Justifying Judgment

Author: Vincent Joseph Samar
Publisher:
ISBN:
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Many people submit to the law simply because they believe that the institutions administering it are just. But what if a law itself is unjust? The duty to obey law presupposes that laws are both consistent and just; because they aren't always, appeals to a higher political morality are sometimes necessary if justice is to be served. Justifying Judgment reconsiders the relationship between legal and political philosophy to show that the former is incomplete without the latter. Taking the problem of how to solve difficult cases as his point of departure, Vincent Samar demonstrates the inherent incompleteness of conventional theories of law in order to examine the meaning of justice in a democratic society. He reviews the current state of legal and political theory and then sets forth a metatheory for law which would enable judges to decide such cases by drawing upon competing theories of jurisprudence as the case's level of abstraction demands. Samar challenges the current wisdom that social morality can resolve every legal conflict by questioning the very principle of our submission to law. He re-examines some difficult cases from American history—Dred Scott, Brown v. Board of Education, Roe v. Wade, Romer v. Evans—in order to demonstrate the difficulties inherent in the law and to show that no single theory of law will always preserve the balance between individual and collective justice. Every day, judges face difficult cases for which the law provides no firm precedents, and sometimes is even contradictory. Samar's work seeks to put justice back into law by encouraging law schools—and even the practice—to train future judges to consider a much wider approach to legal decision making. In different cases, judges would no longer confine themselves to an internal analysis of the legal materials. Instead, the could appeal to the best ethical theory of politics to meet the intellectual challenges involved in both clarifying concepts and justifying rights. By challenging conventional views of the law, the book shows that our legal system could become more just as it becomes becomes more consistent.

Queer Philosophy

Author: Raja Halwani
Publisher: Rodopi
ISBN: 9042035609
Size: 36.88 MB
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The book is a collection of the presentations of the Society for Lesbian and Gay Philosophy from 1998 to 2008. The essays are organized historically, starting in 1998. Their topics cover virtually every philosophical field, and such that each is connected to gay and lesbian studies. Topics include how we are to understand sexual orientation, whether same-sex leads to polygamy, teaching gay studies to undergraduates, promiscuity and virtue, the “war on terror” and gay oppression, the rationality of coming out, the ethics of outing, connections between being gay and being happy, and last, but not least, dignity and being gay.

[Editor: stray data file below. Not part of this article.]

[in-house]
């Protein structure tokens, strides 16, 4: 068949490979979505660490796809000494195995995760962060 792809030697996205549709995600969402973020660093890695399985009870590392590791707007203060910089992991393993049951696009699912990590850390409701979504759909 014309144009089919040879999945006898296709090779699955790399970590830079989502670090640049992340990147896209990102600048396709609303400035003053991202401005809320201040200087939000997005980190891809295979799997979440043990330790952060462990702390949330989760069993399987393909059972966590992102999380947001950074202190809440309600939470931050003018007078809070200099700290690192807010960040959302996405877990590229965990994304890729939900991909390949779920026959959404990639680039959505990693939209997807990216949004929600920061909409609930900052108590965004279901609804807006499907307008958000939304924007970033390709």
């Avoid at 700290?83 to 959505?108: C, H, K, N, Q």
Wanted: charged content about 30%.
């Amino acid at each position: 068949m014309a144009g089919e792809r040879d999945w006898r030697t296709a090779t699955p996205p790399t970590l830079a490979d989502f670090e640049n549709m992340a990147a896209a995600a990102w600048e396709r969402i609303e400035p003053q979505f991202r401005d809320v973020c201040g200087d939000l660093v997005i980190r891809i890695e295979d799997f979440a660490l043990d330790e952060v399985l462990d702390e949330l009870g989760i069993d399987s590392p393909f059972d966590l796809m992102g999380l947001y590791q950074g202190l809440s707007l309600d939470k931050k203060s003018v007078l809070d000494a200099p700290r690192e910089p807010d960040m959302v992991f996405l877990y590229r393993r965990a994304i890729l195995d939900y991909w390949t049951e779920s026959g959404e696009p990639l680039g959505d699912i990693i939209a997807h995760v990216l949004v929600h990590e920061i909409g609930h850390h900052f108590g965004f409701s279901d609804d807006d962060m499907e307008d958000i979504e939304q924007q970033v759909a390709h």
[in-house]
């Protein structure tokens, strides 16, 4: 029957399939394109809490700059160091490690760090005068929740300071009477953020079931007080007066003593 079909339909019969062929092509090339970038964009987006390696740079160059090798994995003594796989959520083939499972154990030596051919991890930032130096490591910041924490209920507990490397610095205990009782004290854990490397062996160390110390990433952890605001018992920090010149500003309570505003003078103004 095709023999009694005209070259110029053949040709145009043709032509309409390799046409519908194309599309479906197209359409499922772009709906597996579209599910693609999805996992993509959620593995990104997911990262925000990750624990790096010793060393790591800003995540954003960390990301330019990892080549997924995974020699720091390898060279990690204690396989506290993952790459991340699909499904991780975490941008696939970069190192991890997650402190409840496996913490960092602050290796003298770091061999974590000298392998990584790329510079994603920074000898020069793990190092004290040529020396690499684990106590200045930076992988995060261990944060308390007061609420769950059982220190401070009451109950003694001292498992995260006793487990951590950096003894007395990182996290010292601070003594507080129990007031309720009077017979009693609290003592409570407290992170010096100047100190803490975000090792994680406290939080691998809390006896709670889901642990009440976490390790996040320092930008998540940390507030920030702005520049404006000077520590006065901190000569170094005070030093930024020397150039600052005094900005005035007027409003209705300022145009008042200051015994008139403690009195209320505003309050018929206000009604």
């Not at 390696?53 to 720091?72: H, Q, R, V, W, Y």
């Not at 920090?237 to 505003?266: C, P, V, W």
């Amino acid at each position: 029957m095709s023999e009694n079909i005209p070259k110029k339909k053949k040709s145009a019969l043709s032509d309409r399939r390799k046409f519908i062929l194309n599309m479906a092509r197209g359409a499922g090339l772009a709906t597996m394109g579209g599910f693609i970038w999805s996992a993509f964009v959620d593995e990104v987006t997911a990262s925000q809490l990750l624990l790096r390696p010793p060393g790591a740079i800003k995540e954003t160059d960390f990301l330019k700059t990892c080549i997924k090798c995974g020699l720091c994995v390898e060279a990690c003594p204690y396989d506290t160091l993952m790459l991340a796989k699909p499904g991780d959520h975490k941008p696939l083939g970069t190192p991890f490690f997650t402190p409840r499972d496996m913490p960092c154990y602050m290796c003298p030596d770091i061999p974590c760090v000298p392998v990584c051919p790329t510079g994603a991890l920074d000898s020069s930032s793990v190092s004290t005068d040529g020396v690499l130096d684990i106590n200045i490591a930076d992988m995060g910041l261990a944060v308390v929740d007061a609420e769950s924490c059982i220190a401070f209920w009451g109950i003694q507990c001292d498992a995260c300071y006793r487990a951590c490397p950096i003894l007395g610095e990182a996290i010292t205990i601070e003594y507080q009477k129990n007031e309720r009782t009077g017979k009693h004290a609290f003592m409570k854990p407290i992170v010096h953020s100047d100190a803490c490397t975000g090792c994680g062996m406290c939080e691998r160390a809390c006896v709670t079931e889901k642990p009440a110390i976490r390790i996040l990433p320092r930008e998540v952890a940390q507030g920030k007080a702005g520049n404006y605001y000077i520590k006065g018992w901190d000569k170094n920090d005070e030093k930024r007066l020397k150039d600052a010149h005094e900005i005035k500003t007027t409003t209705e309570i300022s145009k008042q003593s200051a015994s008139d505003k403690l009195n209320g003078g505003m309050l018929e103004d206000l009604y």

Legal Theory And The Legal Academy

Author: MaksymilianDel Mar
Publisher: Routledge
ISBN: 1351560506
Size: 50.24 MB
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The third in a series of three volumes on Contemporary Legal Theory, this volume deals with four topics: 1) the role of legal theory in the legal curriculum; 2) the teaching of legal theory; 3) the relationship of legal theory to legal scholarship; and 4) the relationship of legal theory to comparative law. The focus of the first two topics is on the common law world, where the debates over the aims and proper place of legal theory in the study of law have traversed a good deal of ground since John Austin's 1828 lecture, 'The Uses and the Study of Jurisprudence.' These first two parts offer a selection of the most important papers, including surveys, as well as pedagogical viewpoints and particular course descriptions from analytical, critical, feminist, law-and-literature and global perspectives. The last three decades have seen just as many changes for legal scholarship and comparative law. These changes (such as the rise of empirical legal scholarship) have often attracted the attention of legal theorists. Within comparative law, the last thirty years have witnessed intense methodological reflection within the discipline; the results of these reflections are themselves properly recognised as legal theoretical contributions. The volume collects the key papers, including those by Neil MacCormick, Mark Van Hoecke, Andrew Halpin, William Ewald and Geoffrey Samuel.